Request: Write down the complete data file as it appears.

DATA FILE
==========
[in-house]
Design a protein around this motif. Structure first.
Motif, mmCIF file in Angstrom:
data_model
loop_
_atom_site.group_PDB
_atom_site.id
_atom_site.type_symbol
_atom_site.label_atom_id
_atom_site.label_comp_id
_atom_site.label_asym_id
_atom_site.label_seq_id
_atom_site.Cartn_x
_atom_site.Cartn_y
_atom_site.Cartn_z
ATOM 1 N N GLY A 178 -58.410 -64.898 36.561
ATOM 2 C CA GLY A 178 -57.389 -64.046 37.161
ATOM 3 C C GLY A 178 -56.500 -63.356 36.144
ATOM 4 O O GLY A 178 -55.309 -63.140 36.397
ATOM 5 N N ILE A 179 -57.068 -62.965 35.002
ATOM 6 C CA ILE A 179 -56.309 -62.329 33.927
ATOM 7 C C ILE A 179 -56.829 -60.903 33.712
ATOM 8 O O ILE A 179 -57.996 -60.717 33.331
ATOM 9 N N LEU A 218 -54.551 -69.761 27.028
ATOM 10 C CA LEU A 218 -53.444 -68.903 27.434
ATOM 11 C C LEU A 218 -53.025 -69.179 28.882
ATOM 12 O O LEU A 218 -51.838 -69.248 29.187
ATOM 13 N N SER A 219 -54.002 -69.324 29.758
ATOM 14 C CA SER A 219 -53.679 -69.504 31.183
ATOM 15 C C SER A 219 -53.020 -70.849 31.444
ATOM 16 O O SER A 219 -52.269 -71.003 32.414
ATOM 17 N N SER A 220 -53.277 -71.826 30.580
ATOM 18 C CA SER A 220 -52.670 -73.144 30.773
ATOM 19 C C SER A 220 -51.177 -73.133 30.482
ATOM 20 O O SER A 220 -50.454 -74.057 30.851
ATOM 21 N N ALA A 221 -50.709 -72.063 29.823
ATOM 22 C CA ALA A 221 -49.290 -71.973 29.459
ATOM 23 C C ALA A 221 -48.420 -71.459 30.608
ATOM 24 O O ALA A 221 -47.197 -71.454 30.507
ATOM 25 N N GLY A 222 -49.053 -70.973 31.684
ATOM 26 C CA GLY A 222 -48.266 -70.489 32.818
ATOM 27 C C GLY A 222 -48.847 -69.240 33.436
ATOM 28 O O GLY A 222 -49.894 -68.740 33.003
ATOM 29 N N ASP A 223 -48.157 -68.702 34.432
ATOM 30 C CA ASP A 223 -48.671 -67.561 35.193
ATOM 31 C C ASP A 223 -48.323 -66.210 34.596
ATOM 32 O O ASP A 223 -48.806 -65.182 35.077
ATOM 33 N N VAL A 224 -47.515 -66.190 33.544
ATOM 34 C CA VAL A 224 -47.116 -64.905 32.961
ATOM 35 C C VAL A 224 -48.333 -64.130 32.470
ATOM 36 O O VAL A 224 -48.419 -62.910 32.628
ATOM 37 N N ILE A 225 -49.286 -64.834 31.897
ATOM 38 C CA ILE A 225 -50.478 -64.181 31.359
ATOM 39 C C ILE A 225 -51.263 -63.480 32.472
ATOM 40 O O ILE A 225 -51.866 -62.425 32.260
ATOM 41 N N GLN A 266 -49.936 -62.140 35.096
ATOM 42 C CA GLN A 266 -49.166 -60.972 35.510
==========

[in-house]
Design a protein around this motif. Structure first.
Motif, mmCIF file in Angstrom:
data_model
loop_
_atom_site.group_PDB
_atom_site.id
_atom_site.type_symbol
_atom_site.label_atom_id
_atom_site.label_comp_id
_atom_site.label_asym_id
_atom_site.label_seq_id
_atom_site.Cartn_x
_atom_site.Cartn_y
_atom_site.Cartn_z
ATOM 1 N N GLY A 178 -58.410 -64.898 36.561
ATOM 2 C CA GLY A 178 -57.389 -64.046 37.161
ATOM 3 C C GLY A 178 -56.500 -63.356 36.144
ATOM 4 O O GLY A 178 -55.309 -63.140 36.397
ATOM 5 N N ILE A 179 -57.068 -62.965 35.002
ATOM 6 C CA ILE A 179 -56.309 -62.329 33.927
ATOM 7 C C ILE A 179 -56.829 -60.903 33.712
ATOM 8 O O ILE A 179 -57.996 -60.717 33.331
ATOM 9 N N LEU A 218 -54.551 -69.761 27.028
ATOM 10 C CA LEU A 218 -53.444 -68.903 27.434
ATOM 11 C C LEU A 218 -53.025 -69.179 28.882
ATOM 12 O O LEU A 218 -51.838 -69.248 29.187
ATOM 13 N N SER A 219 -54.002 -69.324 29.758
ATOM 14 C CA SER A 219 -53.679 -69.504 31.183
ATOM 15 C C SER A 219 -53.020 -70.849 31.444
ATOM 16 O O SER A 219 -52.269 -71.003 32.414
ATOM 17 N N SER A 220 -53.277 -71.826 30.580
ATOM 18 C CA SER A 220 -52.670 -73.144 30.773
ATOM 19 C C SER A 220 -51.177 -73.133 30.482
ATOM 20 O O SER A 220 -50.454 -74.057 30.851
ATOM 21 N N ALA A 221 -50.709 -72.063 29.823
ATOM 22 C CA ALA A 221 -49.290 -71.973 29.459
ATOM 23 C C ALA A 221 -48.420 -71.459 30.608
ATOM 24 O O ALA A 221 -47.197 -71.454 30.507
ATOM 25 N N GLY A 222 -49.053 -70.973 31.684
ATOM 26 C CA GLY A 222 -48.266 -70.489 32.818
ATOM 27 C C GLY A 222 -48.847 -69.240 33.436
ATOM 28 O O GLY A 222 -49.894 -68.740 33.003
ATOM 29 N N ASP A 223 -48.157 -68.702 34.432
ATOM 30 C CA ASP A 223 -48.671 -67.561 35.193
ATOM 31 C C ASP A 223 -48.323 -66.210 34.596
ATOM 32 O O ASP A 223 -48.806 -65.182 35.077
ATOM 33 N N VAL A 224 -47.515 -66.190 33.544
ATOM 34 C CA VAL A 224 -47.116 -64.905 32.961
ATOM 35 C C VAL A 224 -48.333 -64.130 32.470
ATOM 36 O O VAL A 224 -48.419 -62.910 32.628
ATOM 37 N N ILE A 225 -49.286 -64.834 31.897
ATOM 38 C CA ILE A 225 -50.478 -64.181 31.359
ATOM 39 C C ILE A 225 -51.263 -63.480 32.472
ATOM 40 O O ILE A 225 -51.866 -62.425 32.260
ATOM 41 N N GLN A 266 -49.936 -62.140 35.096
ATOM 42 C CA GLN A 266 -49.166 -60.972 35.510